In a year that will be remembered for being one of less renown with regard to science-fiction, along comes something as close to science-fact as you’re likely to get for some time. Alfonso Cuaron’s ‘Gravity’ appeared on the scene like a godsend. At least, that is, if you’re a space geek or studio executive. Those of us in the middle were well served too, with not only sumptuous visuals, but a mighty dollop of genuine acting chops. The story, albeit sometimes sickly sweet and emotionally corrosive, will have touched many and empowered at least fifty percent of the planet that Bullock and Clooney were often witnessed floating helplessly above.
For despite hurling this drama into orbit for its telling, it would have been as comfortable practically anywhere you chose to set it, because whilst it is admittedly and unequivocally ‘science-y’ on its lavishly gloss surface, beating at its heart is a tale of determination, loss, endeavour and lots of other stuff usually reserved for human experiences beneath the ozone layer.
The tale of two astronauts, one happiest when space-walking and one decidedly reticent to even consider such a notion introduces the viewer firmly to the very smallest steps of humanity into a world completely alien to their own. When things take a turn for the ‘ABORT’ whistle to be blown by those safely ensconced on the ground, this seemingly routine and pedestrian visit to the Hubble Telescope to carry out repairs rapidly evolves from beautifully mundane to beautifully terrifying.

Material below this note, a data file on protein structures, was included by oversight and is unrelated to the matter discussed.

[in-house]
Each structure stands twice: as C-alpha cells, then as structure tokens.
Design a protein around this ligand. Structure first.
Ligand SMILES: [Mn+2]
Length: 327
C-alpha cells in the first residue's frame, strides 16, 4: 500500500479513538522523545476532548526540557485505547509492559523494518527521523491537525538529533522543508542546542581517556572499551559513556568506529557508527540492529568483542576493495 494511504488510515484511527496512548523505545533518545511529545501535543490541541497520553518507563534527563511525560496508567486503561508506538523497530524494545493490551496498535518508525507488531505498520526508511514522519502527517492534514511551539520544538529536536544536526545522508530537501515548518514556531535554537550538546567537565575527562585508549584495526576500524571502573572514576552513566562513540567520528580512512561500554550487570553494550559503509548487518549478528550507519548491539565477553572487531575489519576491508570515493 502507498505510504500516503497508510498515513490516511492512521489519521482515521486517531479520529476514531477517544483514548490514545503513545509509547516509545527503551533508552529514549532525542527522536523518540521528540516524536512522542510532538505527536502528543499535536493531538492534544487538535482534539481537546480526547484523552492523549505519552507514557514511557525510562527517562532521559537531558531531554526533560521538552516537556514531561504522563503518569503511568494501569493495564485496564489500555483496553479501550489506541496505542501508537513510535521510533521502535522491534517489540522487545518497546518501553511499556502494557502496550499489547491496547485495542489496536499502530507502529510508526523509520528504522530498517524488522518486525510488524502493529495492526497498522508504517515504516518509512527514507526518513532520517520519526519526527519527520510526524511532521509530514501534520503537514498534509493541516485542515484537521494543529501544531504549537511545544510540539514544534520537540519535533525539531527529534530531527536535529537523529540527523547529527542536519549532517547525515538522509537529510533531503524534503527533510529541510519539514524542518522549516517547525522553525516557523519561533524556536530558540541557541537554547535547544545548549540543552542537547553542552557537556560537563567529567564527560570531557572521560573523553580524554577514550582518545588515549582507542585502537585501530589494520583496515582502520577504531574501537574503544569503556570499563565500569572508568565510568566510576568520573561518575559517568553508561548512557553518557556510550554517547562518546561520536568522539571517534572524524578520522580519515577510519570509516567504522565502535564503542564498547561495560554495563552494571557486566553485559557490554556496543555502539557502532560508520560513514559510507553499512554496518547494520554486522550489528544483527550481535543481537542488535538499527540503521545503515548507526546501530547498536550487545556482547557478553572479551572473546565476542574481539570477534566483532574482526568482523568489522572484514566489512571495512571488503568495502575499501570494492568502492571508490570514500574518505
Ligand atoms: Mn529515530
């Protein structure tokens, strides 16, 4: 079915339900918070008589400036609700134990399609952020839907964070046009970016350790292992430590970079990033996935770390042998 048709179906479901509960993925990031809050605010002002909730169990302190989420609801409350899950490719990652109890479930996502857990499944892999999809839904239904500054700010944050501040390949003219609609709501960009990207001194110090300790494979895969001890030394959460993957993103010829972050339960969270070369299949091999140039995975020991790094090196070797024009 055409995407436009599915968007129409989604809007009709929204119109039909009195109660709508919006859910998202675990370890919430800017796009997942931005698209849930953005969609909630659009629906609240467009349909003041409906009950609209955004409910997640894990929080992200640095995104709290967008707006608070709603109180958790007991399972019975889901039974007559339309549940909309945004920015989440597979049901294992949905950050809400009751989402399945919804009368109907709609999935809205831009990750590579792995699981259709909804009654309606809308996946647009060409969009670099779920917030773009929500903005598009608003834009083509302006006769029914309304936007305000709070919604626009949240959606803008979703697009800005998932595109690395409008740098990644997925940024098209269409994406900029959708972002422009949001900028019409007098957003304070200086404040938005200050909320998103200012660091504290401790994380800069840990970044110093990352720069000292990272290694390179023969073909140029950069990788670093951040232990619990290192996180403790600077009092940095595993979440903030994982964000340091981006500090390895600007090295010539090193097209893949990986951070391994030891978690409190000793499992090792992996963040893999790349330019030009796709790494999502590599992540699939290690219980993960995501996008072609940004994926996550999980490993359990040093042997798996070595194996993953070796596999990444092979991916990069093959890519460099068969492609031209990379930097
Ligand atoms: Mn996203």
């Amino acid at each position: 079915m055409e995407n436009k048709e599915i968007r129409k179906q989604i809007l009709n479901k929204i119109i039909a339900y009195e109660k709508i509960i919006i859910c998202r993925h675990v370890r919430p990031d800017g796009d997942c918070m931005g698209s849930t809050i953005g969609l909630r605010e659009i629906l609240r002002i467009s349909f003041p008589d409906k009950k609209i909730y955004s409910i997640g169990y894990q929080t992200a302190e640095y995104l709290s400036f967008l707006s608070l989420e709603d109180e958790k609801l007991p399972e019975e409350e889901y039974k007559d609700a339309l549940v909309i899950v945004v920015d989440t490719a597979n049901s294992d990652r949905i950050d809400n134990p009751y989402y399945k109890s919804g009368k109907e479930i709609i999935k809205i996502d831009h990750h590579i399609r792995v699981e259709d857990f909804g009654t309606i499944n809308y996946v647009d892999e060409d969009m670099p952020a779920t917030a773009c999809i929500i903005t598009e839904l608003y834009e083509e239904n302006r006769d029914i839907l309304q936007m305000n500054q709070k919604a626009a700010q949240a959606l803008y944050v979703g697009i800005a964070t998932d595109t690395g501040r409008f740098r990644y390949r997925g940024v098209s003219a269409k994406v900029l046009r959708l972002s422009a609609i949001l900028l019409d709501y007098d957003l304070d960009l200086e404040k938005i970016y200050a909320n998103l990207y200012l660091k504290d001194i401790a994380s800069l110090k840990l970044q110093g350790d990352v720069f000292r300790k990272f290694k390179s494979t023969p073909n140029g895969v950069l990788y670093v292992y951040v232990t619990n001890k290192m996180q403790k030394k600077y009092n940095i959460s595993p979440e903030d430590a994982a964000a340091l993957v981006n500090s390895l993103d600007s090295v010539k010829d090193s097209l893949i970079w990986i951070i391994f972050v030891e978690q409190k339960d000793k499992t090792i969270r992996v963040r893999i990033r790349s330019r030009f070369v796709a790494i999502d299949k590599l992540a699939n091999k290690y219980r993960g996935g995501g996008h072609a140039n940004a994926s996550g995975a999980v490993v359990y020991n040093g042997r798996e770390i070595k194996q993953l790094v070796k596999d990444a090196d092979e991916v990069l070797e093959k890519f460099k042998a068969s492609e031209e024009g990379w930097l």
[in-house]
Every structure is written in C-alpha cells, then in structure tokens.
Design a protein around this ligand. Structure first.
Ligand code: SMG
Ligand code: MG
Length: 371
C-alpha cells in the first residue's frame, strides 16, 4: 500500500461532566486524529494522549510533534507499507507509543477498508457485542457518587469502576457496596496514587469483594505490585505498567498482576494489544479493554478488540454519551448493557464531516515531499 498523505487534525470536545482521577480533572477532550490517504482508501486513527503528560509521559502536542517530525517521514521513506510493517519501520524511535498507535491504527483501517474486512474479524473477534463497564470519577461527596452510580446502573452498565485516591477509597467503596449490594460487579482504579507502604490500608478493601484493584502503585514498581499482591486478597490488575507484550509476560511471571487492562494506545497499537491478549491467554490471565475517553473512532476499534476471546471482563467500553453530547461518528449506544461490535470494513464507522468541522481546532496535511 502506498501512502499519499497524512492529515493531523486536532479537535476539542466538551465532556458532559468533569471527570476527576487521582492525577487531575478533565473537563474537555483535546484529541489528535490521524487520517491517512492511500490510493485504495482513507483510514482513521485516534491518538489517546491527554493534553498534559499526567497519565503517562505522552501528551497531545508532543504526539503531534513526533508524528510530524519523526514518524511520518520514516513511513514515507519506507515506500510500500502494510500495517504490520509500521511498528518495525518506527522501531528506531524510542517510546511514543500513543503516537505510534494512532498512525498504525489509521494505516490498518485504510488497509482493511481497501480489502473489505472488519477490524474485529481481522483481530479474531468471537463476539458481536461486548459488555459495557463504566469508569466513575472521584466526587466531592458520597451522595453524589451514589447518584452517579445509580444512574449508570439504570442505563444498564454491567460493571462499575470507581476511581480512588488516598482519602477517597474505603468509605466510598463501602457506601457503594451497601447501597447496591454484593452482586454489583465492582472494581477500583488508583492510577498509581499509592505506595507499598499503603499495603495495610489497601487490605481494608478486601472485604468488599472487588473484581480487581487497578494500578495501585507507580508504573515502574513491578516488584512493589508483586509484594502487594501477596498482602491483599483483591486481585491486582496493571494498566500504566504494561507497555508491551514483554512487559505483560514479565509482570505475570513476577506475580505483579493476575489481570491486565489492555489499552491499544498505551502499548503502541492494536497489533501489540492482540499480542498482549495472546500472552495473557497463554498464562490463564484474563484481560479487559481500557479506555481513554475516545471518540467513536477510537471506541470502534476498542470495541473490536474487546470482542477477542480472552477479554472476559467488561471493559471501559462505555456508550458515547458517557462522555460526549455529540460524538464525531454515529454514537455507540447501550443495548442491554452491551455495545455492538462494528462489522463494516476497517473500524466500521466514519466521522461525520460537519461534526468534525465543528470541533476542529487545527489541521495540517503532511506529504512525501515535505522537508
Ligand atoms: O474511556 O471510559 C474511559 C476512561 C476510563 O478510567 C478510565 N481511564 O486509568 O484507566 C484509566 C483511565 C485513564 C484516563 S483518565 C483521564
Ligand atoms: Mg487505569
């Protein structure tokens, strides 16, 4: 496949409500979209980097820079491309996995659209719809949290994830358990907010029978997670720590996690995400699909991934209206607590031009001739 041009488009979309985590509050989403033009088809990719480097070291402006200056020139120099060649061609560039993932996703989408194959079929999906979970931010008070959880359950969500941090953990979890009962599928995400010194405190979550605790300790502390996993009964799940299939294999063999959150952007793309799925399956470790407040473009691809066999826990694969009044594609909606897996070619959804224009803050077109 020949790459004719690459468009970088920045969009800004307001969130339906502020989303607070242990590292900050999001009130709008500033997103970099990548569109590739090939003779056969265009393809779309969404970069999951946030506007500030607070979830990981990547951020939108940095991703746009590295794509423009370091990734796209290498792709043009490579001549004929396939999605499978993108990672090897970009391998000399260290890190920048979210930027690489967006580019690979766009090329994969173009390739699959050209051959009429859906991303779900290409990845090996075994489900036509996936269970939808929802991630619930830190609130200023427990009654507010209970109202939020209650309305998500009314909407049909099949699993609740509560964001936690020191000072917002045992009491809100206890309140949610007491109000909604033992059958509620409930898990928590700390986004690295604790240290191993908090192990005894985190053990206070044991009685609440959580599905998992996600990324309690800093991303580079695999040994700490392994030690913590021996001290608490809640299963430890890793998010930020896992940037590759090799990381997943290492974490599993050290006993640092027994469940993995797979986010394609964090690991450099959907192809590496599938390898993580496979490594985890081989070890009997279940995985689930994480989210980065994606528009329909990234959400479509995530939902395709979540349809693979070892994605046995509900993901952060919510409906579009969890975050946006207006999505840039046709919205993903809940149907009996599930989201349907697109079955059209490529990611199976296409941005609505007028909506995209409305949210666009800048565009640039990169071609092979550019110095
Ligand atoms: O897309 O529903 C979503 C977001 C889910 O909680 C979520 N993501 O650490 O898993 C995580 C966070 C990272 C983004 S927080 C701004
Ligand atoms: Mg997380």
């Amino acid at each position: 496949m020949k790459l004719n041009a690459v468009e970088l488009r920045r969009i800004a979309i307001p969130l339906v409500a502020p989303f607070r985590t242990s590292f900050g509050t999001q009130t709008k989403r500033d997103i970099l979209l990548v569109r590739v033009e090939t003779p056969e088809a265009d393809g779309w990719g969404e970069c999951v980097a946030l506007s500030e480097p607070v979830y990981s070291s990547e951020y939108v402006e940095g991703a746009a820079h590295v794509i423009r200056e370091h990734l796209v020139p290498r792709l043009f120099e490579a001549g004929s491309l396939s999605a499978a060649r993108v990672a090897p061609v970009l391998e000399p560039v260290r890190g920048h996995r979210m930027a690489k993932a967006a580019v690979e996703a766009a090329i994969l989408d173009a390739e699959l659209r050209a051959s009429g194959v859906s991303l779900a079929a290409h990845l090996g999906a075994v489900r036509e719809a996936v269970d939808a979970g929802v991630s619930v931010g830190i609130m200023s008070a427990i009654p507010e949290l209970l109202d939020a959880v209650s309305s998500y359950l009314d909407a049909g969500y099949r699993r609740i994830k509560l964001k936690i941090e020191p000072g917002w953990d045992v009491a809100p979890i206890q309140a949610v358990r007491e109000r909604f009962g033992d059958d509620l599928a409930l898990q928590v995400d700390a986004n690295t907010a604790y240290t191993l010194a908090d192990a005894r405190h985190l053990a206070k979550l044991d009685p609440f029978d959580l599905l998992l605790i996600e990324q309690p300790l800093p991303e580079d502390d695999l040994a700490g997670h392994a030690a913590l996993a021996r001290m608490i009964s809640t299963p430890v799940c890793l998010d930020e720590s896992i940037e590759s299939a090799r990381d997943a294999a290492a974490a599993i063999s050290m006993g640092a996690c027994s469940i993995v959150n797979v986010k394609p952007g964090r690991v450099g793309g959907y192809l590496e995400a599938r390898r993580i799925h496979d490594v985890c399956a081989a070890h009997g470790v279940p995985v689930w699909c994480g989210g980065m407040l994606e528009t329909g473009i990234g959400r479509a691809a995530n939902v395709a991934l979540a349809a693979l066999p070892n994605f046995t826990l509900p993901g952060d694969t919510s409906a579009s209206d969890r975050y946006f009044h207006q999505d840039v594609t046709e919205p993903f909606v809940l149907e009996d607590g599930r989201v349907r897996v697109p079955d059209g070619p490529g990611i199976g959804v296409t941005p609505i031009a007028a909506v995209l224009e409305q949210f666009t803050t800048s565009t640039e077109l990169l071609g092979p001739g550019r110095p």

Zipping past you and making no excuse for it in ninety short minutes, you would be right to consider whether this even has the time to engage or develop characters that an audience would accept. Thankfully, most of the screen time is ably handed over to Bullock’s character, Ryan Stone, and it is really her journey, both physical and emotional, that we are treated to here.
Notwithstanding, Clooney, mostly charm with a touch of smarm, plays space veteran Matt Kowalski, an all calm, reassured, cock-sure American hero. More interested in breaking space-walk records than actually doing any work, Kowalski has a genuinely good soul, which is just as well, as he needs to come to the aid of an initially helpless Stone at times.
In all, Gravity is a very impressive piece of work from Cuaron, employing some ground-breaking special effects that will often delightfully befuddle the viewer. Seen, without doubt, best in 3D (and you can’t say that too often) it is a treat both for the senses and the soul. With great performances from its main players, it is over all too quickly and make no mistake that it leaves the viewer wanting more, even if it is only to see what happened to those characters that we were only given the smallest time to get to know and appreciate. Accusations of cheesy dialogue and general toe-curling cringiness might be levelled at the script on occasion, but despite this, which is more than bearable and the inconsistencies (only a couple, mind you) in the science for the purposes of entertainment, Gravity ended up being a very satisfying watch. Critic’s circles have already highlighted this superior drama and it’s even getting a potential nod or two from Oscar. Well deserved it is too.